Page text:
When an electro-optical instrument is exposed to heat changes, it has happened more than once that those who have carried out the test have the impression that a holder moves on account of poor fixing of the different components when - in reality - it is a question of linear expansion in the case of the materials incorporated in the instrument. For this reason an adhesive is applied between, in this case, the holder and the instrument housing. What may happen when the instrument is heated up again is that the adhesive softens at a certain temperature (for epoxy glue the temperature lies at >40°C) and the holder moves somewhat resulting in errors of measurement. When the temperature decreases the adhesive hardens again and - in the worst case - the holder is fixed in a new position. This may entail that the triangulation probe presents another measurement value than that which it did formerly at the same temperature. There are, thus, reasons to think carefully before using glue in mechanical constructions.
As for myself, I normally record how an instrument measures in the course of heating or cooling under controlled test conditions in order to find out if the instrument in question measures differently at different temperatures. In this case the controlled test conditions would mean that the triangulation probe is placed in a box in which the temperature may be varied. The collimated light beams must then pass perpendicularly through a parallel plane window of good optical quality and the reflected light must likewise pass perpendicularly through a parallel plane window of good optical quality.
This means, therefore, that both the windows form an angle with each other. In addition, one must carefully think through how the triangulation probe, which is to be tested, must be fixed inside the test box so that the placement in the test box does not in itself introduce errors in the distance measurement when the temperature is changed.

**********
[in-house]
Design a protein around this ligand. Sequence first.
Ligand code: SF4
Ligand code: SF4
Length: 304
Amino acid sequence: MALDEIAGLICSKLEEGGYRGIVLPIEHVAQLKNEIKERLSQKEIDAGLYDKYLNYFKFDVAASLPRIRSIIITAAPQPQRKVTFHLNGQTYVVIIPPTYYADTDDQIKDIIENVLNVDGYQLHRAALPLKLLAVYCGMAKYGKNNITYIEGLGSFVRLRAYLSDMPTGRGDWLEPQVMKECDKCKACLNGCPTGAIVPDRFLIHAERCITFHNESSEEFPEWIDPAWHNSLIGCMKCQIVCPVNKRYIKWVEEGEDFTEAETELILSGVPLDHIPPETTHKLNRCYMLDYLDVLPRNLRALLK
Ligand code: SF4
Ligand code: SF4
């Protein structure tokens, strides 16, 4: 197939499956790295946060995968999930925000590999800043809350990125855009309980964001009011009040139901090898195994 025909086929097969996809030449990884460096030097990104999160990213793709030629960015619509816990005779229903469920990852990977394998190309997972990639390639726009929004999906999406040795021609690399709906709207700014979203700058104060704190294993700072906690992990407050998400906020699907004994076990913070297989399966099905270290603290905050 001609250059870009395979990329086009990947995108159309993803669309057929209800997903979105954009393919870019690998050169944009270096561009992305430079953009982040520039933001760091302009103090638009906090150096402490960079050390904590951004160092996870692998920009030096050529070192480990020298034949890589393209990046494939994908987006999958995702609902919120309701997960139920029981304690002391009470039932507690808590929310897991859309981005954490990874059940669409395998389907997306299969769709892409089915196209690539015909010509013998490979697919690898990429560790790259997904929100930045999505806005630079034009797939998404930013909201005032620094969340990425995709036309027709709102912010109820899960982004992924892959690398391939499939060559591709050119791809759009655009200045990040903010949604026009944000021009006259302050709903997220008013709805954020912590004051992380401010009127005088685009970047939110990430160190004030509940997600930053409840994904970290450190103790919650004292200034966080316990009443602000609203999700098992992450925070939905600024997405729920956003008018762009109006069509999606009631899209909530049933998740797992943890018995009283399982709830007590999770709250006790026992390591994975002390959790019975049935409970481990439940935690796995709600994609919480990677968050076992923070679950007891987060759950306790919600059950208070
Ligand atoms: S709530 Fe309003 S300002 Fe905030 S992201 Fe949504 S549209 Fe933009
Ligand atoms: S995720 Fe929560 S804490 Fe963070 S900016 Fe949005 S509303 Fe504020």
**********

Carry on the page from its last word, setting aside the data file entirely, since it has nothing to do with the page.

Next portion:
If one removes the measured distances as a function of temperature and a bump on the curve at approx. 42°C is formed one knows then that epoxy glue is very probably at least part of the explanation for the measurement value drift when the temperature is changed.
In this case it is not a question of adding more adhesive but instead removing adhesive when the triangulation probe is mounted. Instead of gluing a component fast it may be necessary to use a screw-in mount for example.
As the reader no doubt realises, there is a great difference between constructing a measuring instrument that is to measure with almost the same precision over a large temperature range and constructing a measuring instrument for room temperatures. However, even if the constructor responsible is aware of the problem it may very well happen that the customers attempt to use a measuring instrument for a measurement application that the instrument is not designed for. For this reason customer-related problems are frequently avoided if one clearly declares within which temperature range the instrument in question is intended to be used.
This is the 15th and last chapter on the optical and mechanical construction of a triangulation probe. Naturally, the scope of the articles could have been extended considerably but I hope, nevertheless, that the different approaches to the problem that I have adopted may be of benefit while being of general interest for all those who work with electro-optical instruments.